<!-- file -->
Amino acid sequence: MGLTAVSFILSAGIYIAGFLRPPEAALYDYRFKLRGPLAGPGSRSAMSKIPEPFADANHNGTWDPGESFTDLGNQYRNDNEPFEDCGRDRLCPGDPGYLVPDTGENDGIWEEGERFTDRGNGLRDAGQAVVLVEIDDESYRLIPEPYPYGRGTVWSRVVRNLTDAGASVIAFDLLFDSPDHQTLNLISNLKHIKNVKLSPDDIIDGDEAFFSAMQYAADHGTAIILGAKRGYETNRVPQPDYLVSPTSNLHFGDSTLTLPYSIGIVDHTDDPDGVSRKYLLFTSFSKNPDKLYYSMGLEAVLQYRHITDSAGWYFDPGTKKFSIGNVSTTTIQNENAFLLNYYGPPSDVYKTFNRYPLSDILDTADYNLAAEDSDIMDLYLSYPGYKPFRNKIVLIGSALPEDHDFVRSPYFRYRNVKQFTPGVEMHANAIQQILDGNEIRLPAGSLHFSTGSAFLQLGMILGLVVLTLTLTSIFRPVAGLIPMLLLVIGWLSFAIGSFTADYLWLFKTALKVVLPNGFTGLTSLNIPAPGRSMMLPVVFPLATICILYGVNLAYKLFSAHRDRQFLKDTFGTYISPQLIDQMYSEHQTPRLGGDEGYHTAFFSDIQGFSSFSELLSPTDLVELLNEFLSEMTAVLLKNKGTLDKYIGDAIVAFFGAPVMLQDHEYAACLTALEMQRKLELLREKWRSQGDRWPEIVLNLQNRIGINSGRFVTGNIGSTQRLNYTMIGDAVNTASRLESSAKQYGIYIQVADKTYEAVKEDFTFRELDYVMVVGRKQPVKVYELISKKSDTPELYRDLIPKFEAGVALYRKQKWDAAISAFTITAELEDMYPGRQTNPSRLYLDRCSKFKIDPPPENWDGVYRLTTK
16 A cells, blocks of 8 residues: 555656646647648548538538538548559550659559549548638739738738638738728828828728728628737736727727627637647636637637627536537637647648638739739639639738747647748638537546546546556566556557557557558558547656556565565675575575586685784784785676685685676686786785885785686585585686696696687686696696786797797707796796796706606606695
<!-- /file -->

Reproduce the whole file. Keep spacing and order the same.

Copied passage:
Amino acid sequence: MGLTAVSFILSAGIYIAGFLRPPEAALYDYRFKLRGPLAGPGSRSAMSKIPEPFADANHNGTWDPGESFTDLGNQYRNDNEPFEDCGRDRLCPGDPGYLVPDTGENDGIWEEGERFTDRGNGLRDAGQAVVLVEIDDESYRLIPEPYPYGRGTVWSRVVRNLTDAGASVIAFDLLFDSPDHQTLNLISNLKHIKNVKLSPDDIIDGDEAFFSAMQYAADHGTAIILGAKRGYETNRVPQPDYLVSPTSNLHFGDSTLTLPYSIGIVDHTDDPDGVSRKYLLFTSFSKNPDKLYYSMGLEAVLQYRHITDSAGWYFDPGTKKFSIGNVSTTTIQNENAFLLNYYGPPSDVYKTFNRYPLSDILDTADYNLAAEDSDIMDLYLSYPGYKPFRNKIVLIGSALPEDHDFVRSPYFRYRNVKQFTPGVEMHANAIQQILDGNEIRLPAGSLHFSTGSAFLQLGMILGLVVLTLTLTSIFRPVAGLIPMLLLVIGWLSFAIGSFTADYLWLFKTALKVVLPNGFTGLTSLNIPAPGRSMMLPVVFPLATICILYGVNLAYKLFSAHRDRQFLKDTFGTYISPQLIDQMYSEHQTPRLGGDEGYHTAFFSDIQGFSSFSELLSPTDLVELLNEFLSEMTAVLLKNKGTLDKYIGDAIVAFFGAPVMLQDHEYAACLTALEMQRKLELLREKWRSQGDRWPEIVLNLQNRIGINSGRFVTGNIGSTQRLNYTMIGDAVNTASRLESSAKQYGIYIQVADKTYEAVKEDFTFRELDYVMVVGRKQPVKVYELISKKSDTPELYRDLIPKFEAGVALYRKQKWDAAISAFTITAELEDMYPGRQTNPSRLYLDRCSKFKIDPPPENWDGVYRLTTK
16 A cells, blocks of 8 residues: 555656646647648548538538538548559550659559549548638739738738638738728828828728728628737736727727627637647636637637627536537637647648638739739639639738747647748638537546546546556566556557557557558558547656556565565675575575586685784784785676685685676686786785885785686585585686696696687686696696786797797707796796796706606606695